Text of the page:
Havana syndrome: US diplomats in Austria struck by mystery illness – probe launched
Cuba: Thousands join anti-government protests in Havana
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And both the United States and the Austrian authorities have confirmed they are investigating the incidents, which come at a time when Cuba is in the spotlight as a result of widespread pro-democracy protests there. So-called Havana syndrome refers to what the US government suspects are “directed” radio frequency attacks on US diplomats which resulted in various neurological ailments, and which first emerged in the Cuban capital in 2016.
US Secretary of State Andrew Blinken confirmed last month a wide-ranging review in who or what caused the illnesses was underway, and it now appears the attacks have spread to the Austrian capital.
The New Yorker magazine said on Friday that since US President Joe Biden took office in January, roughly two dozen US intelligence officers, diplomats and other officials in Vienna have reported symptoms similar to those of Havana syndrome, which would make the city the second-biggest hotspot after Havana.
Austria’s Foreign Ministry said in a statement: “We take these reports very seriously and in line with our role as host state we are working with the US authorities on jointly getting to the bottom of this.
“The safety of diplomats posted to Vienna and their families is of the utmost importance to us.”
A State Department spokesperson said the United States was “vigorously investigating” the reported cases.
Once a centre of Cold War intrigue, Vienna is home to several UN agencies and the Organization for Security and Cooperation in Europe, meaning bigger countries including the United States and Russia often have three ambassadors and a large diplomatic presence there.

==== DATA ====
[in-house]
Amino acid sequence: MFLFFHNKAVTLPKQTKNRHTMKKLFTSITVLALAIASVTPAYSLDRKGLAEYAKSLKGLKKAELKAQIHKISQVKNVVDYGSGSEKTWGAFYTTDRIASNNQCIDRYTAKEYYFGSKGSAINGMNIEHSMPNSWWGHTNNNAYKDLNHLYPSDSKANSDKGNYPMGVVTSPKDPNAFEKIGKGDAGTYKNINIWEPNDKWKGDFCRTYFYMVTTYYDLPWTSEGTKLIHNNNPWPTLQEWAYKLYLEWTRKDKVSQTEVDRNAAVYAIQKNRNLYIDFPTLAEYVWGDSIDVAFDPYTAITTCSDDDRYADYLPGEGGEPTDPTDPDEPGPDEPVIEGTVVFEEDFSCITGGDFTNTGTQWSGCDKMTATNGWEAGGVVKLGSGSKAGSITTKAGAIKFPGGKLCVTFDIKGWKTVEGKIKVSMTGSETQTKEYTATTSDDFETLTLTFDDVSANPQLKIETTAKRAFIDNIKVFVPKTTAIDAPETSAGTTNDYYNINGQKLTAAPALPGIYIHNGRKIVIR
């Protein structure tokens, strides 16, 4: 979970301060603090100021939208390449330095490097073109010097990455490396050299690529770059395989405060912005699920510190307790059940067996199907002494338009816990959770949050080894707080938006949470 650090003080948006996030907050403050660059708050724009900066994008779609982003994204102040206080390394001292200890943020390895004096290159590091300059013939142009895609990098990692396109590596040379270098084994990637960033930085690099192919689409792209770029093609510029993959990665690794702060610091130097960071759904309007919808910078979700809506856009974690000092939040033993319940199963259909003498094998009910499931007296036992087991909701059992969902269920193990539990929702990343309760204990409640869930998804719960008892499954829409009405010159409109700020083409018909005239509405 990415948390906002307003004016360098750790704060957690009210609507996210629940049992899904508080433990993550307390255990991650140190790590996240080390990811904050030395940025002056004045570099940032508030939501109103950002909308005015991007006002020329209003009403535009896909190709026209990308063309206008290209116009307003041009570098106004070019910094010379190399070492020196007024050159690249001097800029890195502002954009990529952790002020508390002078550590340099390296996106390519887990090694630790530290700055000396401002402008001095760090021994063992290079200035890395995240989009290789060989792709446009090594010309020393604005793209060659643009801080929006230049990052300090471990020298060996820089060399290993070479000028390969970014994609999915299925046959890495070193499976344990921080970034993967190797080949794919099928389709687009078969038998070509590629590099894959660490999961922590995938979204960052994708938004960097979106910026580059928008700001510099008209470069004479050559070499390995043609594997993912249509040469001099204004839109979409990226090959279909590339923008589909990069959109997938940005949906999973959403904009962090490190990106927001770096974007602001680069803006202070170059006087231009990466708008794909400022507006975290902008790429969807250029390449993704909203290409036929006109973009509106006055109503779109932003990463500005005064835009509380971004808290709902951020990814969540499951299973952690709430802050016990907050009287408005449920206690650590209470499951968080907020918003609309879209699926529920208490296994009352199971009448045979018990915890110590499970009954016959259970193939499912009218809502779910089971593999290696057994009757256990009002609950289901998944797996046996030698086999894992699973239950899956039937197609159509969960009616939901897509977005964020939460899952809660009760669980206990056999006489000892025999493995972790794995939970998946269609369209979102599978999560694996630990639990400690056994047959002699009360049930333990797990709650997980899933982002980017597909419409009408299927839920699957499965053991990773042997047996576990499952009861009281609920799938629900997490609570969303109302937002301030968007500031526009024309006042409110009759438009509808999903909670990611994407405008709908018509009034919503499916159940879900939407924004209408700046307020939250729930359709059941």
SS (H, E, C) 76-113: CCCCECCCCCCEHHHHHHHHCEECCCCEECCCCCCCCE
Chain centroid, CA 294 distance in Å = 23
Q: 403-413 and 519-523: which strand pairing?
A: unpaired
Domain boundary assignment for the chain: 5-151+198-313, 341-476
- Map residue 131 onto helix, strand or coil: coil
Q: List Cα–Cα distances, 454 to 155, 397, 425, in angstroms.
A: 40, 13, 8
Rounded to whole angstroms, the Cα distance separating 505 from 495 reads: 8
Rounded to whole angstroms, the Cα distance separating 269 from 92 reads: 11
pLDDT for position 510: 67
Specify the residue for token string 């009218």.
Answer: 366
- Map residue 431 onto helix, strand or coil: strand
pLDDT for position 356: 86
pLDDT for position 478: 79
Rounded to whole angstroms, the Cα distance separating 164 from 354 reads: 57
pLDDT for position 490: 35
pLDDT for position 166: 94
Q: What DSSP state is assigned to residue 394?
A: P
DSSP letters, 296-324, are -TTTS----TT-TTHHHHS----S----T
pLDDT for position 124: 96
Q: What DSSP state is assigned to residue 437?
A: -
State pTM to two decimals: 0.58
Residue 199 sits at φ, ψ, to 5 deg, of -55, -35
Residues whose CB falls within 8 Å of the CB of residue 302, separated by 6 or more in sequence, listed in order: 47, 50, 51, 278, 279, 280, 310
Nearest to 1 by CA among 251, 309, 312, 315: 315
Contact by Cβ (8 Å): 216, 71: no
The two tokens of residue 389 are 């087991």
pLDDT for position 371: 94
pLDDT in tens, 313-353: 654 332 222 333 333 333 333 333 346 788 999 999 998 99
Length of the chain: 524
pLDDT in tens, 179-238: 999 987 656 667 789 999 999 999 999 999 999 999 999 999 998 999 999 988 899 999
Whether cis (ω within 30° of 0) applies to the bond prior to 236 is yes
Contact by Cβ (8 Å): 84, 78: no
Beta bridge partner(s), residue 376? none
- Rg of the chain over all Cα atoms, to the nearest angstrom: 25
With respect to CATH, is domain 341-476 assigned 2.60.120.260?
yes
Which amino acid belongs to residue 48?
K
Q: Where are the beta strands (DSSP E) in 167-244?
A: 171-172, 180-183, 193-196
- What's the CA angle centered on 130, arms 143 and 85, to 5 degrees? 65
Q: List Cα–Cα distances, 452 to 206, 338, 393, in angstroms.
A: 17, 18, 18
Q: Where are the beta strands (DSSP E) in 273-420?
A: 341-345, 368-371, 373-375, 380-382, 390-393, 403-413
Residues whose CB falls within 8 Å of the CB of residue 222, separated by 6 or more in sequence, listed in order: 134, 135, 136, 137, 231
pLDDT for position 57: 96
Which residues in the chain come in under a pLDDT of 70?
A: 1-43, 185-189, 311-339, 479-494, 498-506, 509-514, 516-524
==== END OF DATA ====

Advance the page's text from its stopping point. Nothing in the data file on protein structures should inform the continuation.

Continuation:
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That has long made Vienna a hub for diplomatic activity and spying, given many spies operate under diplomatic cover.
The Austrian Foreign Ministry’s website lists 158 US diplomats as currently being posted in Vienna.
In 2017, then-US President Donald Trump accused Cuba of perpetrating the attacks, with staff at the Cuban embassy reduced to the bare minimum as a result.
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US diplomats in China reported similar health issues a year later, as did CIA agents working to counter Russian covert operations.
Furthermore, the Trump investigation was revived in 2020 after two suspected directed-energy attacks in London and Northern Virginia on White House staffers in 2019, with two female staff apparently targeted.
Victims report lingering headaches, loss of hearing and balance, and in some instances, permanent brain damage.
In 2018, Jeanne Shaheen, Democrat Senator for New Hampshire, said: “These injuries, and subsequent treatment by the US government, have been a living nightmare for these dedicated public servants and their families.
“It’s obvious how a US adversary would have much to gain from the disorder, distress and division that has followed.”
Speaking to Express.co.uk in 2018, Dr Ian McLoughlin, Professor of Computing at the University of Kent, said he was unwilling to speculate about whether countries were developing sonic weapons – but added: “The technology is there.”
He added: “We have the tools to detect these sounds in the lab but that’s not where something like this would happen.
“It would be very difficult to detect.”
He speculated that the incidences of Havana syndrome thus far detected were the results of attempted surveillance attempts rather than targeted attacks.
Widespread protests across Cuba began on July 11, driven by shortages of food and medicine as well as the Cuban government’s response to the COVID-19 pandemic.
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